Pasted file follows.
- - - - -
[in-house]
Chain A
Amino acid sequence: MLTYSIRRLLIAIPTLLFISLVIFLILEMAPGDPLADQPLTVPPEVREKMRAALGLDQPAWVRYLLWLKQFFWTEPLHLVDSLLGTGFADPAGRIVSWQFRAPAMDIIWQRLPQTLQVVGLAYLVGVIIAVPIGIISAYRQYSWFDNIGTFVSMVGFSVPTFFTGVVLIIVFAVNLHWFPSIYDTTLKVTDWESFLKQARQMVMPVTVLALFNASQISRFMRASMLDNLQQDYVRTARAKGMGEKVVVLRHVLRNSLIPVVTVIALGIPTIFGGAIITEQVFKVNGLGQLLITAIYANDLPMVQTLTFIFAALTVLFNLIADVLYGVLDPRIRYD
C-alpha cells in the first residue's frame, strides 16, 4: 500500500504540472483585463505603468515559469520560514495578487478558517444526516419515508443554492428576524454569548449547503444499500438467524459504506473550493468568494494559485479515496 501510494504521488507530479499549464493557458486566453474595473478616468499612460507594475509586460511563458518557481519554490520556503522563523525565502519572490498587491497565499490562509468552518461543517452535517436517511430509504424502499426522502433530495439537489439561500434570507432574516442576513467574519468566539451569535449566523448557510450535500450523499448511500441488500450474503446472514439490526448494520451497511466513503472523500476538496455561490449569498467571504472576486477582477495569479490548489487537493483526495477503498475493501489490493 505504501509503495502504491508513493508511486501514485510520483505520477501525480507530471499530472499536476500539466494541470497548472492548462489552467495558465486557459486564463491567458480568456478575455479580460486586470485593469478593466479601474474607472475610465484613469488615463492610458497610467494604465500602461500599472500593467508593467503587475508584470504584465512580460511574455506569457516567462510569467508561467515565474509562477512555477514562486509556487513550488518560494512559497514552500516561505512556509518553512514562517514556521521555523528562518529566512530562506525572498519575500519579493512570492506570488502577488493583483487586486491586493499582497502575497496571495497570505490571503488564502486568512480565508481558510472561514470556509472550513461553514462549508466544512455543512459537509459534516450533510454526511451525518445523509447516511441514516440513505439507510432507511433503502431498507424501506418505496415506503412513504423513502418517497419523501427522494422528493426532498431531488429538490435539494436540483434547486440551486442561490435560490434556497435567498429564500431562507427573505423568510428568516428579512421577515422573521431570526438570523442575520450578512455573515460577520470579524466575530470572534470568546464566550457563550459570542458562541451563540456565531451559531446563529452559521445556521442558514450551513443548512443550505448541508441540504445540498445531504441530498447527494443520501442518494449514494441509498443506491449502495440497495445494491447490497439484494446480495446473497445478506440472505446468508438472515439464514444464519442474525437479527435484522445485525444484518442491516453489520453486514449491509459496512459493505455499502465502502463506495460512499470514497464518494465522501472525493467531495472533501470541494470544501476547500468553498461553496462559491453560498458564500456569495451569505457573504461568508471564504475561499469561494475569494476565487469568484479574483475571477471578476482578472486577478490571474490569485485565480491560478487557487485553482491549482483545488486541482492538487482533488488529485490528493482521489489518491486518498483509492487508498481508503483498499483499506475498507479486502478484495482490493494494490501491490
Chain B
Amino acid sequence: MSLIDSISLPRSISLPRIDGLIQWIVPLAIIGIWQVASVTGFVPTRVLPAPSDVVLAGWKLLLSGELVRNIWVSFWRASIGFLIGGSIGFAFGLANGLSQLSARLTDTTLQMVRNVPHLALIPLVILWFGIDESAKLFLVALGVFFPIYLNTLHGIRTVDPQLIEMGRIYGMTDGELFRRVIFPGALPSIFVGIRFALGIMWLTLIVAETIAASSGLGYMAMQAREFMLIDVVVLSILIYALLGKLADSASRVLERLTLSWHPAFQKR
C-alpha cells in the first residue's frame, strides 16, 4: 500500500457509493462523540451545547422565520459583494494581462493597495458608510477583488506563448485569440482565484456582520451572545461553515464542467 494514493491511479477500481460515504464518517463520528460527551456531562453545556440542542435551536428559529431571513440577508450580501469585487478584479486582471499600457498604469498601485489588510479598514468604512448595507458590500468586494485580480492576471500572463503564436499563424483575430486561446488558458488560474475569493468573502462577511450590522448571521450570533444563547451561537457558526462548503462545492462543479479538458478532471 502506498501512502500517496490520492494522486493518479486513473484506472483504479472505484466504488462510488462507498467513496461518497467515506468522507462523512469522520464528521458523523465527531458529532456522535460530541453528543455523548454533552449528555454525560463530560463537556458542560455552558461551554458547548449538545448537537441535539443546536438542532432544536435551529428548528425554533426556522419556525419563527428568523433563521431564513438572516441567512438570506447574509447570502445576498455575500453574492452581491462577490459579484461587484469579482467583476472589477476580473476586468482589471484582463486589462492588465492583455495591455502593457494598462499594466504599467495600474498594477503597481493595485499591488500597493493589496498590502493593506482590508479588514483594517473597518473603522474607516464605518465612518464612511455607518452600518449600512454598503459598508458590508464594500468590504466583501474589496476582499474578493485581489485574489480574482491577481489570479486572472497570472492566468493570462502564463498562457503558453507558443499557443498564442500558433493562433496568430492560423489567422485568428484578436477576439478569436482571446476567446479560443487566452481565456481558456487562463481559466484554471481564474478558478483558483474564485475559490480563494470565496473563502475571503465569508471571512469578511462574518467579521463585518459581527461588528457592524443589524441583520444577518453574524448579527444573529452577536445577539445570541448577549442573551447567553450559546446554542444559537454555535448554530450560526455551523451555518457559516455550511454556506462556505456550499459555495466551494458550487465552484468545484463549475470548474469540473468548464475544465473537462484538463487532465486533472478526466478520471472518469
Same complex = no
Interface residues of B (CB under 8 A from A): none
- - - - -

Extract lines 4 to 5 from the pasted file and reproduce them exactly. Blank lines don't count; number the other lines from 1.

C-alpha cells in the first residue's frame, strides 16, 4: 500500500504540472483585463505603468515559469520560514495578487478558517444526516419515508443554492428576524454569548449547503444499500438467524459504506473550493468568494494559485479515496 501510494504521488507530479499549464493557458486566453474595473478616468499612460507594475509586460511563458518557481519554490520556503522563523525565502519572490498587491497565499490562509468552518461543517452535517436517511430509504424502499426522502433530495439537489439561500434570507432574516442576513467574519468566539451569535449566523448557510450535500450523499448511500441488500450474503446472514439490526448494520451497511466513503472523500476538496455561490449569498467571504472576486477582477495569479490548489487537493483526495477503498475493501489490493 505504501509503495502504491508513493508511486501514485510520483505520477501525480507530471499530472499536476500539466494541470497548472492548462489552467495558465486557459486564463491567458480568456478575455479580460486586470485593469478593466479601474474607472475610465484613469488615463492610458497610467494604465500602461500599472500593467508593467503587475508584470504584465512580460511574455506569457516567462510569467508561467515565474509562477512555477514562486509556487513550488518560494512559497514552500516561505512556509518553512514562517514556521521555523528562518529566512530562506525572498519575500519579493512570492506570488502577488493583483487586486491586493499582497502575497496571495497570505490571503488564502486568512480565508481558510472561514470556509472550513461553514462549508466544512455543512459537509459534516450533510454526511451525518445523509447516511441514516440513505439507510432507511433503502431498507424501506418505496415506503412513504423513502418517497419523501427522494422528493426532498431531488429538490435539494436540483434547486440551486442561490435560490434556497435567498429564500431562507427573505423568510428568516428579512421577515422573521431570526438570523442575520450578512455573515460577520470579524466575530470572534470568546464566550457563550459570542458562541451563540456565531451559531446563529452559521445556521442558514450551513443548512443550505448541508441540504445540498445531504441530498447527494443520501442518494449514494441509498443506491449502495440497495445494491447490497439484494446480495446473497445478506440472505446468508438472515439464514444464519442474525437479527435484522445485525444484518442491516453489520453486514449491509459496512459493505455499502465502502463506495460512499470514497464518494465522501472525493467531495472533501470541494470544501476547500468553498461553496462559491453560498458564500456569495451569505457573504461568508471564504475561499469561494475569494476565487469568484479574483475571477471578476482578472486577478490571474490569485485565480491560478487557487485553482491549482483545488486541482492538487482533488488529485490528493482521489489518491486518498483509492487508498481508503483498499483499506475498507479486502478484495482490493494494490501491490
Chain B